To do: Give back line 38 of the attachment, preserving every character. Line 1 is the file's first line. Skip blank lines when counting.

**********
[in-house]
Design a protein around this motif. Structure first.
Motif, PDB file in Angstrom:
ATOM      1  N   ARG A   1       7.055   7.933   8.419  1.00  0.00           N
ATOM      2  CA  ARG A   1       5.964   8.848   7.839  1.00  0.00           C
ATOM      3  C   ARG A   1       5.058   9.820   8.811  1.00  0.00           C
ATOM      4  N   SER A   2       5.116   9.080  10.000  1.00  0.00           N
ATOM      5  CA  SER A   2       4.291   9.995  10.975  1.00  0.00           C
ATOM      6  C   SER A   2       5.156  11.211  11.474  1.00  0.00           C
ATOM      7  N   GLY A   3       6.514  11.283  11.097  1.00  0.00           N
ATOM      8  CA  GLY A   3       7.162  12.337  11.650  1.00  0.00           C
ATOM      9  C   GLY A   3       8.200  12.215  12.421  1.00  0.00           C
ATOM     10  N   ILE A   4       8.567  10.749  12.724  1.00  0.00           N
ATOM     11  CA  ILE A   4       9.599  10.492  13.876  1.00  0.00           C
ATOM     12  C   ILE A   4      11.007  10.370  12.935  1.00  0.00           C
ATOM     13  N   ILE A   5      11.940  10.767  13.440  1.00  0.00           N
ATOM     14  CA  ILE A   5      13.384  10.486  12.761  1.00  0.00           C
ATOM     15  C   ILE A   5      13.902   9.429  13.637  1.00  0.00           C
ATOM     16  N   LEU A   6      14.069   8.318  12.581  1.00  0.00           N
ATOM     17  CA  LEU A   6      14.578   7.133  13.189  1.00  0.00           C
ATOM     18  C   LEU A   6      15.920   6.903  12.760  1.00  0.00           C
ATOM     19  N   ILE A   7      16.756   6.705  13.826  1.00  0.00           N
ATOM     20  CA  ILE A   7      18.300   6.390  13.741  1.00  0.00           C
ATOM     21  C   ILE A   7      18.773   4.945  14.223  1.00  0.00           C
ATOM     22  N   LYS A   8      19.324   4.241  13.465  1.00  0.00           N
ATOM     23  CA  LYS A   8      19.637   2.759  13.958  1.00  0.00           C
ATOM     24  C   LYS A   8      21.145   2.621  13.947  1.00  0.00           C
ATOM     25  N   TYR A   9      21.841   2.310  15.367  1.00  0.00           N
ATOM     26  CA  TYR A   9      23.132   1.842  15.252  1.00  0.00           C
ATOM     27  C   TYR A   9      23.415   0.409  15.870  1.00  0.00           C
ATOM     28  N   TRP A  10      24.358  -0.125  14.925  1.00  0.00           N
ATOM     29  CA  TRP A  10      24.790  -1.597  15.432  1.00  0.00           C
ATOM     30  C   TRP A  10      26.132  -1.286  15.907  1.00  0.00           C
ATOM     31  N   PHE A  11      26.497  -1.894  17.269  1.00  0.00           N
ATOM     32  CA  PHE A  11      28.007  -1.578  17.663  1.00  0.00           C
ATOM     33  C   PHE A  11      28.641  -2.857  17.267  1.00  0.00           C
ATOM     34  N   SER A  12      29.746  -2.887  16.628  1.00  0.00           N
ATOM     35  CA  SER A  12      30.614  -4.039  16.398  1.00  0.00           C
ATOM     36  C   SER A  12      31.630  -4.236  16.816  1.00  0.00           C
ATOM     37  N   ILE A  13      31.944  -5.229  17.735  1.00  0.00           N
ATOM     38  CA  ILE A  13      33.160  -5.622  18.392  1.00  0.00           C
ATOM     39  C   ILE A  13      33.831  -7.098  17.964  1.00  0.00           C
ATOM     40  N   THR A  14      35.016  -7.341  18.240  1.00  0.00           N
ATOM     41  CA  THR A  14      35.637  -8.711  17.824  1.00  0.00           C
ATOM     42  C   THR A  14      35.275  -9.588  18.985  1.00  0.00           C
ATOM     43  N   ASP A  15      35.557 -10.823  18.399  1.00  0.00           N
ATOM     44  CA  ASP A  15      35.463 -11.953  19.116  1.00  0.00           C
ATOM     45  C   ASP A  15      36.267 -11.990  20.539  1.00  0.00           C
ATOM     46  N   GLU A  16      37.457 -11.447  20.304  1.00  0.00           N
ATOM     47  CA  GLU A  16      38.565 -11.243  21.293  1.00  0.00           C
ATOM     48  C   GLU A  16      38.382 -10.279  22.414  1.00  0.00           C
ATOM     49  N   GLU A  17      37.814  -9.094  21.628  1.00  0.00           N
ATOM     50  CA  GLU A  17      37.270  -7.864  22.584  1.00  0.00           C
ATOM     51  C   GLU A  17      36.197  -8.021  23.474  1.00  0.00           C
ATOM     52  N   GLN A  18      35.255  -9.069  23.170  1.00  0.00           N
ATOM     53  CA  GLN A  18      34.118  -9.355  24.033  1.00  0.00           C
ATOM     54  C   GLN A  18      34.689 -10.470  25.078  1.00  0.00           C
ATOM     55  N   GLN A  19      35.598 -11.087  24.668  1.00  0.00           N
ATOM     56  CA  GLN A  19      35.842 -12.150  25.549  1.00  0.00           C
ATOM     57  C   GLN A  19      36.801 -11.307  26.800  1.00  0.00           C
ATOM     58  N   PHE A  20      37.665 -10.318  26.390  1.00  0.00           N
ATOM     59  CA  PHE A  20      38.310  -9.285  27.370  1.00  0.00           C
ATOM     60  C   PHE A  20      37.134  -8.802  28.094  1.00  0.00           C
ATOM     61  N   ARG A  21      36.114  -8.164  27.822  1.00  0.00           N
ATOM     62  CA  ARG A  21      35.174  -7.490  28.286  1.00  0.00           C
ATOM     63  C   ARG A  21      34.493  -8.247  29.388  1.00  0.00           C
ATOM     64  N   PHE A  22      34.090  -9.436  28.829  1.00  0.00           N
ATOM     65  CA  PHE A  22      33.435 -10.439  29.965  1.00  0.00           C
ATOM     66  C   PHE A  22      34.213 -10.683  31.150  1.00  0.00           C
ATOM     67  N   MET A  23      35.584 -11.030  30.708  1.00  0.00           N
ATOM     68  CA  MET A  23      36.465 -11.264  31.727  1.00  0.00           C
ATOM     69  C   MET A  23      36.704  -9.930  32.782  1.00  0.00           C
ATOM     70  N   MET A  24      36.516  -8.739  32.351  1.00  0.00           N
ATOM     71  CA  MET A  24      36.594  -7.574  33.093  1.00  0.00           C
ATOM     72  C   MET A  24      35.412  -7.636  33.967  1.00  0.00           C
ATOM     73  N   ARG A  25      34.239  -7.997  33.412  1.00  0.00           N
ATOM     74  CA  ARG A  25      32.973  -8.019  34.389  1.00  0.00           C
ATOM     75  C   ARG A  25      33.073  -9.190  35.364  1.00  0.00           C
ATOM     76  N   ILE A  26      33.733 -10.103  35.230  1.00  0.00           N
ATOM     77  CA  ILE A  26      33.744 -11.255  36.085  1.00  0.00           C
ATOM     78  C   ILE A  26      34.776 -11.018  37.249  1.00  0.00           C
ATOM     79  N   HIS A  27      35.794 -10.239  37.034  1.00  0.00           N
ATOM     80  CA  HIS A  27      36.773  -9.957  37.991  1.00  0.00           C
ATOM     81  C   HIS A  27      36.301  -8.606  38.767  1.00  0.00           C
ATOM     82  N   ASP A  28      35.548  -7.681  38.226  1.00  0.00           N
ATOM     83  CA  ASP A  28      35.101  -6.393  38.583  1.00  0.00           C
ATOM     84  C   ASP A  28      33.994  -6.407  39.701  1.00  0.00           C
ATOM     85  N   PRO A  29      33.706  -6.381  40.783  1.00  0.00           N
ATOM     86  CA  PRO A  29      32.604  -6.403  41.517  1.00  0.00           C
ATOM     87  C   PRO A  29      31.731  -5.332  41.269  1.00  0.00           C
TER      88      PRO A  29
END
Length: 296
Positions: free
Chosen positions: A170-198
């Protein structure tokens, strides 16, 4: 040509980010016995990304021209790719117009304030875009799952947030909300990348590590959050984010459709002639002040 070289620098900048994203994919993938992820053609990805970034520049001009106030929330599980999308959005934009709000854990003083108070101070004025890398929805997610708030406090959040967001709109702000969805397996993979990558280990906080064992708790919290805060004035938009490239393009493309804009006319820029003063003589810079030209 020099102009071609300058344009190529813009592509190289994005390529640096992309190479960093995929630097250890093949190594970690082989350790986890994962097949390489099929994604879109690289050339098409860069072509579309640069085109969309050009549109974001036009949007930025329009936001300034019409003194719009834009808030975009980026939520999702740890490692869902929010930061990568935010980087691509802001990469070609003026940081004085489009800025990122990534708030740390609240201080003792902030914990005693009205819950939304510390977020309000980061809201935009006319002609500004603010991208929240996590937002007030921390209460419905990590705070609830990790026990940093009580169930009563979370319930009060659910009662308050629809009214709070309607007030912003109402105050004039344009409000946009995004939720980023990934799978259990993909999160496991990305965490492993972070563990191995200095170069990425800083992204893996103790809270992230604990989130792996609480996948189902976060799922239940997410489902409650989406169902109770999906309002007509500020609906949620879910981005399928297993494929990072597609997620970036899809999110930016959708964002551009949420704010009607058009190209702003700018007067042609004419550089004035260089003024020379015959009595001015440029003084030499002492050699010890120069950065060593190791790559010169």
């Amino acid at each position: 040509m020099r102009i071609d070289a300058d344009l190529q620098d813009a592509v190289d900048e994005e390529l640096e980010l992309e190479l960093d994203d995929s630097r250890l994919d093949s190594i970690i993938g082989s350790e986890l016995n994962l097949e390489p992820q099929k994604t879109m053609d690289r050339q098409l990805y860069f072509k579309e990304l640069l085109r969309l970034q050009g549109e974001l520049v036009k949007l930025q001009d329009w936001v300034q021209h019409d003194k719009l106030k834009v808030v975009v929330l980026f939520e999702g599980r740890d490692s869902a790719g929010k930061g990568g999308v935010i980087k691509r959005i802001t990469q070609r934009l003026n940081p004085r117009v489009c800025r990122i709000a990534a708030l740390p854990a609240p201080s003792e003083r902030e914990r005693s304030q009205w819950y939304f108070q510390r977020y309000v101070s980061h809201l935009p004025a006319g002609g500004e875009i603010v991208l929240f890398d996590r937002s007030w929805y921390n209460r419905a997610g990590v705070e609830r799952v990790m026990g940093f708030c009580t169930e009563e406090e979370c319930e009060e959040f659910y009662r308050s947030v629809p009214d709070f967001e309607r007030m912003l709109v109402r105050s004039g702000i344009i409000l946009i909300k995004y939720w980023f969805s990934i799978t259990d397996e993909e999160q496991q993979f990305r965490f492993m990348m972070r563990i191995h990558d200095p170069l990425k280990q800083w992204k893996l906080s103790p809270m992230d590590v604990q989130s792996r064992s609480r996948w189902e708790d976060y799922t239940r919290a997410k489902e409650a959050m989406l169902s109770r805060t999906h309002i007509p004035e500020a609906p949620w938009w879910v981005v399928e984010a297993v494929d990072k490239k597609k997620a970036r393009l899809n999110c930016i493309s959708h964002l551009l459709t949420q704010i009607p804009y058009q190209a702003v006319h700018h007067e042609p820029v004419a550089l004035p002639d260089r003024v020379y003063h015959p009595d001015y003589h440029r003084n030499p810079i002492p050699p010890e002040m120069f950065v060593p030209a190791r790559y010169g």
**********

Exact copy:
ATOM     35  CA  SER A  12      30.614  -4.039  16.398  1.00  0.00           C